Appeals court nixes Kitts Hill man’s bid for lesser sentence

Published 9:40 am Tuesday, September 20, 2011

Says CP court should have told Triplett he must, not may, serve probation after prison

A Kitts Hill man must be re-sentenced to correct a wording error in his sentencing on aggravated robbery and aggravated burglary convictions, but his efforts to get out of probation and have his sentenced reduced failed before the Ohio Fourth District Court of Appeals.

Steven R. Triplett, of 9669 State Route 141, Kitts Hill, was arrested in 2006 and accused of breaking into a couple’s home while they slept and robbing them.

According to court documents, he used a metal bar as a weapon when his victims awoke to find him in their home. He demanded money and medication. Triplett pleaded guilty to aggravated robbery and aggravated burglary in December 2009.

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He was sentenced to eight years in prison on each count, to be served concurrently. At that time Triplett was advised he may be subject to post release control once he had served his prison sentence.

In his appeal, Triplett said he should have been told he will indeed have to be on probation for a time after his release from the penitentiary. The appeals court agreed and said he must be re-sentenced and formally told he will definitely be on probation after prison.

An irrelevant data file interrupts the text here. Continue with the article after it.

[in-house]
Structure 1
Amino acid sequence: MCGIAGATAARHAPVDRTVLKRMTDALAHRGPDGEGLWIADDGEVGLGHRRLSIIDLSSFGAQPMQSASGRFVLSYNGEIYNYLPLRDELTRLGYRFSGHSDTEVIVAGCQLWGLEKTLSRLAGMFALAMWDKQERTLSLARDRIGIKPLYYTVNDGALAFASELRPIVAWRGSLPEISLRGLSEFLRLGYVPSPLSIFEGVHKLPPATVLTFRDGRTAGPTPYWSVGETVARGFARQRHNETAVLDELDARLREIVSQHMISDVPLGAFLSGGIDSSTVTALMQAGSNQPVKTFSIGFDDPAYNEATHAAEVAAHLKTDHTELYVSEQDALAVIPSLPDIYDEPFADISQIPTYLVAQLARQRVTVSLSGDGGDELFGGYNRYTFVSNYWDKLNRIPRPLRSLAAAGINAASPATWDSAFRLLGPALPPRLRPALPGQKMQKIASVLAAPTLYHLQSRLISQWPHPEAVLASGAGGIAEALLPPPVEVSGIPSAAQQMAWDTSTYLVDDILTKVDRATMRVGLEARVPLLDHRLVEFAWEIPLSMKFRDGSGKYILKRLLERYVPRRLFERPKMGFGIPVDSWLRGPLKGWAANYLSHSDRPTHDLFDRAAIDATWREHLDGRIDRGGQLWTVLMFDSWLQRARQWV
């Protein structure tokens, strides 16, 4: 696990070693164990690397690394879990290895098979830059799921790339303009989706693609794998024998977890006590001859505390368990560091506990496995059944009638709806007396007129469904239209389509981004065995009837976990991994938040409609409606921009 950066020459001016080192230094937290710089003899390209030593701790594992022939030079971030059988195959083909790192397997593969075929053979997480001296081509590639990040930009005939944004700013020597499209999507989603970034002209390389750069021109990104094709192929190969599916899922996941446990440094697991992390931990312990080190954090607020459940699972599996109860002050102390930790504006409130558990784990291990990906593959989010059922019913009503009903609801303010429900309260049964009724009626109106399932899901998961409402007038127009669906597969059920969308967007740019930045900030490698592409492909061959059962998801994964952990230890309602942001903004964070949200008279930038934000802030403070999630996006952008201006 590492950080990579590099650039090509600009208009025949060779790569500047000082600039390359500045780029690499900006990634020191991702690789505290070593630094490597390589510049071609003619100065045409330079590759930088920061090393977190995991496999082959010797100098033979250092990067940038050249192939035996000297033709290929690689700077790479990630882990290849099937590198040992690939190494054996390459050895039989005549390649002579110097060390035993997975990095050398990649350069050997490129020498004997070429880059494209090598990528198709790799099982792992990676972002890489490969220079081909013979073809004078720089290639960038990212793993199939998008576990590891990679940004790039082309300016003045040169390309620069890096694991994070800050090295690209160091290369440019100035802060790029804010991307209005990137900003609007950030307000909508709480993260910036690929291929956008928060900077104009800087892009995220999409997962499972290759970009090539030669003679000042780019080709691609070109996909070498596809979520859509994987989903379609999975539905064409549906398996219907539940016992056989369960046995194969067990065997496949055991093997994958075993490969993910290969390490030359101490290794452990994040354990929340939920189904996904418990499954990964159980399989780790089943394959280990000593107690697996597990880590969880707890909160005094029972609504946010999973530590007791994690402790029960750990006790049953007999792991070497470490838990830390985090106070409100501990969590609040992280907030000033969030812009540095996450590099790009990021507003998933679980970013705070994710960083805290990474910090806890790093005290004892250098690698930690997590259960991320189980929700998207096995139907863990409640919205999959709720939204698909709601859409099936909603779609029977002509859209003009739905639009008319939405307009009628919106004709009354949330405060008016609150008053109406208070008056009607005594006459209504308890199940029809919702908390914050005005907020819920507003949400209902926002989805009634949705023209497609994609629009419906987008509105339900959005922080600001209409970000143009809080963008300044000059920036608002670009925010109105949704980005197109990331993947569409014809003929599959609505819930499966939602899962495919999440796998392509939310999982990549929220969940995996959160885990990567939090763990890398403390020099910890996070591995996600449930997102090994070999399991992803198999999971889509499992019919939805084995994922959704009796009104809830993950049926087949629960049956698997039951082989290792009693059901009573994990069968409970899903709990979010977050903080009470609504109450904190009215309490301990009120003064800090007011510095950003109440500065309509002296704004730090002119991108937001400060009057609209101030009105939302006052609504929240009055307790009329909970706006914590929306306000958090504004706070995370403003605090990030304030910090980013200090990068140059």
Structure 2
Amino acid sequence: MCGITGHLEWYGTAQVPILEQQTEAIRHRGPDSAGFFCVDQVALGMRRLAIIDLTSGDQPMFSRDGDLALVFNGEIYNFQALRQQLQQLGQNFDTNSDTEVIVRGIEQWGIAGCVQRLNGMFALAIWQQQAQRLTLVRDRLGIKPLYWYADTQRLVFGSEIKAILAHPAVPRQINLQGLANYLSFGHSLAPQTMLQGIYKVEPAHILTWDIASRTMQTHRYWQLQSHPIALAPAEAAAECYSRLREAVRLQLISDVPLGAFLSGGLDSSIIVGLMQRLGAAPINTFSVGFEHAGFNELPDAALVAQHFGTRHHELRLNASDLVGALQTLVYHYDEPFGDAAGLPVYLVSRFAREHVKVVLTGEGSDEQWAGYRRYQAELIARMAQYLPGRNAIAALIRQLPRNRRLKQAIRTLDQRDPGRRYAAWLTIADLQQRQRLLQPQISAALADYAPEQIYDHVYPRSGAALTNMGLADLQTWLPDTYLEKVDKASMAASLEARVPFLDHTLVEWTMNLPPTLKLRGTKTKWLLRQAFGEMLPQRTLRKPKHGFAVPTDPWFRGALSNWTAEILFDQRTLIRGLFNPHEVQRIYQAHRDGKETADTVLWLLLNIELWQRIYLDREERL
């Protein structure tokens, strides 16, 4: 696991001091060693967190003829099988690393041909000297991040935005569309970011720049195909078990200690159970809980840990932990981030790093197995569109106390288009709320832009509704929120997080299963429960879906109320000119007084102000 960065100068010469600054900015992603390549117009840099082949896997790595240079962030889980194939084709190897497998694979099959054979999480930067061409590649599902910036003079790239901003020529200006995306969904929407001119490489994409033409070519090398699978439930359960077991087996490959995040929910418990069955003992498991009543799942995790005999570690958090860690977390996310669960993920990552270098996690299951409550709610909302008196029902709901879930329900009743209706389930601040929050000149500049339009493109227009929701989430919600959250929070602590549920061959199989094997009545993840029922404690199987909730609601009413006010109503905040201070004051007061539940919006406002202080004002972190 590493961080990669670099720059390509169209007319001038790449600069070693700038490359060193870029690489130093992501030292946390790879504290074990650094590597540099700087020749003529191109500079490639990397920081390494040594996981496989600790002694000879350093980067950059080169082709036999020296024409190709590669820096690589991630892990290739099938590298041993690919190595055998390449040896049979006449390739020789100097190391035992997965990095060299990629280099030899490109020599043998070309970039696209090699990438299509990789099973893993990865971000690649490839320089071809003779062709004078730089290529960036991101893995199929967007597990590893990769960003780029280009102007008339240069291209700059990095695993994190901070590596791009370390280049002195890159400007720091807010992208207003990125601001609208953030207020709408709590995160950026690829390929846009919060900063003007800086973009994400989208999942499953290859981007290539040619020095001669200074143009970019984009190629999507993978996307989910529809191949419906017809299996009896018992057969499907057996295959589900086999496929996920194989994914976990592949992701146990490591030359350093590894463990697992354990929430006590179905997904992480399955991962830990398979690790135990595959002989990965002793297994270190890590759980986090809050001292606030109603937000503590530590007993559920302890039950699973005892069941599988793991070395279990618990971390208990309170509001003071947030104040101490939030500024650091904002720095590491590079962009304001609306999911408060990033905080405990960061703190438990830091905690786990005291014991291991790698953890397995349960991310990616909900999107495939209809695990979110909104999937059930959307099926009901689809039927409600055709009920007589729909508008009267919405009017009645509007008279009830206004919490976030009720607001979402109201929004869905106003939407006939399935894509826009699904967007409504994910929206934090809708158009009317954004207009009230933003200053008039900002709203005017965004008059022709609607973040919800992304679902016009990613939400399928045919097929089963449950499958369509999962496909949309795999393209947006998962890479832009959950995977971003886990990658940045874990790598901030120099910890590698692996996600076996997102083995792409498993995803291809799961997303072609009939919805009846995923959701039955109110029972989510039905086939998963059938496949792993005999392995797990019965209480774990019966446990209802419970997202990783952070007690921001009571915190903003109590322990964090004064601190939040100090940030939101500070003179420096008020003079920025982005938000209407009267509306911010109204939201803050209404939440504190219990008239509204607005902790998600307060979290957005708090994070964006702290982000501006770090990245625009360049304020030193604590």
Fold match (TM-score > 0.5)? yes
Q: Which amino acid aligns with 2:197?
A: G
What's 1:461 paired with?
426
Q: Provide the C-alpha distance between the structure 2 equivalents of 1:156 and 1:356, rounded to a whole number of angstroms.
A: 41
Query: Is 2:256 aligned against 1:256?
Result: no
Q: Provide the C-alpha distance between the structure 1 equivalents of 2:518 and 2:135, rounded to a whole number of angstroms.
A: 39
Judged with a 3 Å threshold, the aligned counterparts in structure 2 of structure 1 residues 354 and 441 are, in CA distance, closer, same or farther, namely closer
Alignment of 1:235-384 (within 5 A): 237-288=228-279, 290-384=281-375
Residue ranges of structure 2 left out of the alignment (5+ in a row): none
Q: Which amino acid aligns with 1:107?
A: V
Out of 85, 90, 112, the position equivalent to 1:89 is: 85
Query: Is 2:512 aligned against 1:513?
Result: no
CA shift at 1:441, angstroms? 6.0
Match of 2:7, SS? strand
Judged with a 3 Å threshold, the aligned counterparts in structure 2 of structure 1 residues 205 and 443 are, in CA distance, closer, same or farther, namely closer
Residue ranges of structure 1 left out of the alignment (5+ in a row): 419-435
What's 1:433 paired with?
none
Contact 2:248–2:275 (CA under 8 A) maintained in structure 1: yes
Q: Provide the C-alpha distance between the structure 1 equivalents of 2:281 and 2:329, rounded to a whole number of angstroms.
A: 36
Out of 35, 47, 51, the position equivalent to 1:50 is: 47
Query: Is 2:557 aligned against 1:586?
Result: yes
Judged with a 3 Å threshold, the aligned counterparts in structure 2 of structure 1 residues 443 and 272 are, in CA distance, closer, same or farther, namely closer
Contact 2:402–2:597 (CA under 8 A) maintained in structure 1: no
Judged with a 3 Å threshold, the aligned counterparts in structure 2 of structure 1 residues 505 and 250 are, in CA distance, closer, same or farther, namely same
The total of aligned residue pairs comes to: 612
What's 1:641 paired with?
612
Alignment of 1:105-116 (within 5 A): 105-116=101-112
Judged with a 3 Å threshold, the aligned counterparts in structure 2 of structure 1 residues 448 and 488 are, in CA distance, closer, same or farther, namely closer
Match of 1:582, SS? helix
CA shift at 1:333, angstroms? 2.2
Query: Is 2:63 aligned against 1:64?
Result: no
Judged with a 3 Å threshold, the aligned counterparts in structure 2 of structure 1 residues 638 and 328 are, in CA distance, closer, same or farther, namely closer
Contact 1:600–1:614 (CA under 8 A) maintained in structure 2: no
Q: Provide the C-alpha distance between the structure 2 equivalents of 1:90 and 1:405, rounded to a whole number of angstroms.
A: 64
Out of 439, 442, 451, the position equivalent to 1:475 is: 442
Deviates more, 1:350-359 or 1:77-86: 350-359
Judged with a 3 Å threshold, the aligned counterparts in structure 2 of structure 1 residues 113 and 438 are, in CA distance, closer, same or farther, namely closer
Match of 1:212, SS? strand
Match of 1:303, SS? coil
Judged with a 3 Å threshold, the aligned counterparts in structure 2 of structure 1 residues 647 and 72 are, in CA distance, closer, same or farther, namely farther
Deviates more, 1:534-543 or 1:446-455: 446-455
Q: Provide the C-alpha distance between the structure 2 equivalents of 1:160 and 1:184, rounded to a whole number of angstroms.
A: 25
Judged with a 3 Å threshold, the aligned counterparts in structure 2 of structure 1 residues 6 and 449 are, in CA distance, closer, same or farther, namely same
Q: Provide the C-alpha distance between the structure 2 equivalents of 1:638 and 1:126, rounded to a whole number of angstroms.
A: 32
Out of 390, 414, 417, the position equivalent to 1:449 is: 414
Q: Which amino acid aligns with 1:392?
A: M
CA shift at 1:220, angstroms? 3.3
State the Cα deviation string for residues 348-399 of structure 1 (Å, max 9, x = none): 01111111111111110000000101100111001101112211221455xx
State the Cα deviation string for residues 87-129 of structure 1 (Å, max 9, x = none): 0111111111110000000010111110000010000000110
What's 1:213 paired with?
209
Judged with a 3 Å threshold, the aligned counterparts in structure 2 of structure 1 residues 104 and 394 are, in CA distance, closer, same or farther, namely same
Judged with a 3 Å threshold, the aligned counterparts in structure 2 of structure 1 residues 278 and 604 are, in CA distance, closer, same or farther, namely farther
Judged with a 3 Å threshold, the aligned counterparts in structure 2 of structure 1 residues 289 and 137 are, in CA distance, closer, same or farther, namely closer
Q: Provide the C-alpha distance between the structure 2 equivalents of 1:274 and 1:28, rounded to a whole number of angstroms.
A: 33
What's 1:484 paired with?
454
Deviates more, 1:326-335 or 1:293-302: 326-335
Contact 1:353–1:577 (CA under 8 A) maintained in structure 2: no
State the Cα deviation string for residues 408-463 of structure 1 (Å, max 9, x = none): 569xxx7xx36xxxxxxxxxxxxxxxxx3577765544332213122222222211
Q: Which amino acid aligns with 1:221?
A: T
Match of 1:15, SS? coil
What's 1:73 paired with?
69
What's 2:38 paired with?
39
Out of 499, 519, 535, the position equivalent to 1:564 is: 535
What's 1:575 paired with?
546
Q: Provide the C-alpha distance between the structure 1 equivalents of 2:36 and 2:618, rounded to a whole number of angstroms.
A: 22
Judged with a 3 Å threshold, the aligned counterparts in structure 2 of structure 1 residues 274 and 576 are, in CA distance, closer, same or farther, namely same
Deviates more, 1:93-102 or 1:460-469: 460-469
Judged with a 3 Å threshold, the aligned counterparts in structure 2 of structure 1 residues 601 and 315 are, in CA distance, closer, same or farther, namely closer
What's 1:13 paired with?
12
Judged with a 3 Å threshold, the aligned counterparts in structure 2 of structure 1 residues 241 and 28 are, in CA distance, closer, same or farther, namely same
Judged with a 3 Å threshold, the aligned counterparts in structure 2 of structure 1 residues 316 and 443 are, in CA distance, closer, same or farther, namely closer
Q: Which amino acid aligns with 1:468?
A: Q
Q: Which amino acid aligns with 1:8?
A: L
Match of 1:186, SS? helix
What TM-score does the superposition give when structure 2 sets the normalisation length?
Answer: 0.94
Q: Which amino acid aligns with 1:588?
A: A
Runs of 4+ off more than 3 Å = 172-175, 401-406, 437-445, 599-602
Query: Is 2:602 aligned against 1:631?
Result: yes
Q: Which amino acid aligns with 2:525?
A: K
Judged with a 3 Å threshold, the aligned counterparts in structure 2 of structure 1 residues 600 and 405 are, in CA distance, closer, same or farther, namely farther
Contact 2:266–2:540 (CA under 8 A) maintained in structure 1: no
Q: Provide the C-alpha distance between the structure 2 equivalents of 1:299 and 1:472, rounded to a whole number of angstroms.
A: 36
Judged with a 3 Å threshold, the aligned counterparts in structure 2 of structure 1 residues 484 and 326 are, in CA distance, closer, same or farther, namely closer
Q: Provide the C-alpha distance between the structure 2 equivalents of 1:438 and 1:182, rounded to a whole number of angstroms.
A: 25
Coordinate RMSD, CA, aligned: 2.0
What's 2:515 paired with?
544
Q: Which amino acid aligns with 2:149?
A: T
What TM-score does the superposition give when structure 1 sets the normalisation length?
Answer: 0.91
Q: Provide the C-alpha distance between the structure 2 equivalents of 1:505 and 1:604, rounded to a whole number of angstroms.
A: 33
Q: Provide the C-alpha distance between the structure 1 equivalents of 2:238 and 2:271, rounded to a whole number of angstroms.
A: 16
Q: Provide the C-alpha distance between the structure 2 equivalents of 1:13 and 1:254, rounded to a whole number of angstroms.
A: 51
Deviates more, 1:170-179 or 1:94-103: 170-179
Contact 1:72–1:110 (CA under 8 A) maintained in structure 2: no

Triplett also argued in his appeal that the probation and the prison sentence amounted to double jeopardy. The appeals court disagreed with Triplett on this issue.

“But post-release control is a part of the ‘actual sentence.’ … Therefore, its imposition does not implicate double jeopardy,” Appeals Judge William Harsha wrote in his ruling.

The appeals court also ruled against Triplett’s claim that his two charges should have been merged into one single charge.

Triplett asserted in his appeal he should have been given the minimum prison sentence for his crimes. The appeals court disagreed.

“However, sentencing courts possess discretion to impose any sentence within the permissible range of sentences. Moreover, Triplett’s sentence was jointly recommended and is authorized by law,” Harsha wrote.

Judge Matthew McFarland concurred with Harsha’s opinion in its entirety; Judge Roger Klein dissented with the issue of wording as it pertains to probation, saying Triplett did not need to be resentenced. He concurred with Harsha on the rest of his decision.